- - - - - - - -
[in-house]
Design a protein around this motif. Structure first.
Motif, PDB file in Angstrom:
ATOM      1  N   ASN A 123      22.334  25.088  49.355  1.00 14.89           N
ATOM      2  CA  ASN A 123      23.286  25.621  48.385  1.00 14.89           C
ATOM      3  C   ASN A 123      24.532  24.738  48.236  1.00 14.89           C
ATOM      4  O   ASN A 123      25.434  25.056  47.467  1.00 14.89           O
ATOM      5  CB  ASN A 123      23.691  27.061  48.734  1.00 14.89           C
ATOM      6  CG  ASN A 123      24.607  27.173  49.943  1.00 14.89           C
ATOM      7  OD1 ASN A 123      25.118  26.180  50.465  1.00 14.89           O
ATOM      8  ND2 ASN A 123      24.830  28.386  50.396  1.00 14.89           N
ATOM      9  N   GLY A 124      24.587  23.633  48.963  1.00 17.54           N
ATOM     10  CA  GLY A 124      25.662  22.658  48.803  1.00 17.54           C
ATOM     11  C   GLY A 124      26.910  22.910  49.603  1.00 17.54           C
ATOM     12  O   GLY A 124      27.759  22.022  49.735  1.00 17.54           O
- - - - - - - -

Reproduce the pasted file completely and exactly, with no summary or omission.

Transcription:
[in-house]
Design a protein around this motif. Structure first.
Motif, PDB file in Angstrom:
ATOM      1  N   ASN A 123      22.334  25.088  49.355  1.00 14.89           N
ATOM      2  CA  ASN A 123      23.286  25.621  48.385  1.00 14.89           C
ATOM      3  C   ASN A 123      24.532  24.738  48.236  1.00 14.89           C
ATOM      4  O   ASN A 123      25.434  25.056  47.467  1.00 14.89           O
ATOM      5  CB  ASN A 123      23.691  27.061  48.734  1.00 14.89           C
ATOM      6  CG  ASN A 123      24.607  27.173  49.943  1.00 14.89           C
ATOM      7  OD1 ASN A 123      25.118  26.180  50.465  1.00 14.89           O
ATOM      8  ND2 ASN A 123      24.830  28.386  50.396  1.00 14.89           N
ATOM      9  N   GLY A 124      24.587  23.633  48.963  1.00 17.54           N
ATOM     10  CA  GLY A 124      25.662  22.658  48.803  1.00 17.54           C
ATOM     11  C   GLY A 124      26.910  22.910  49.603  1.00 17.54           C
ATOM     12  O   GLY A 124      27.759  22.022  49.735  1.00 17.54           O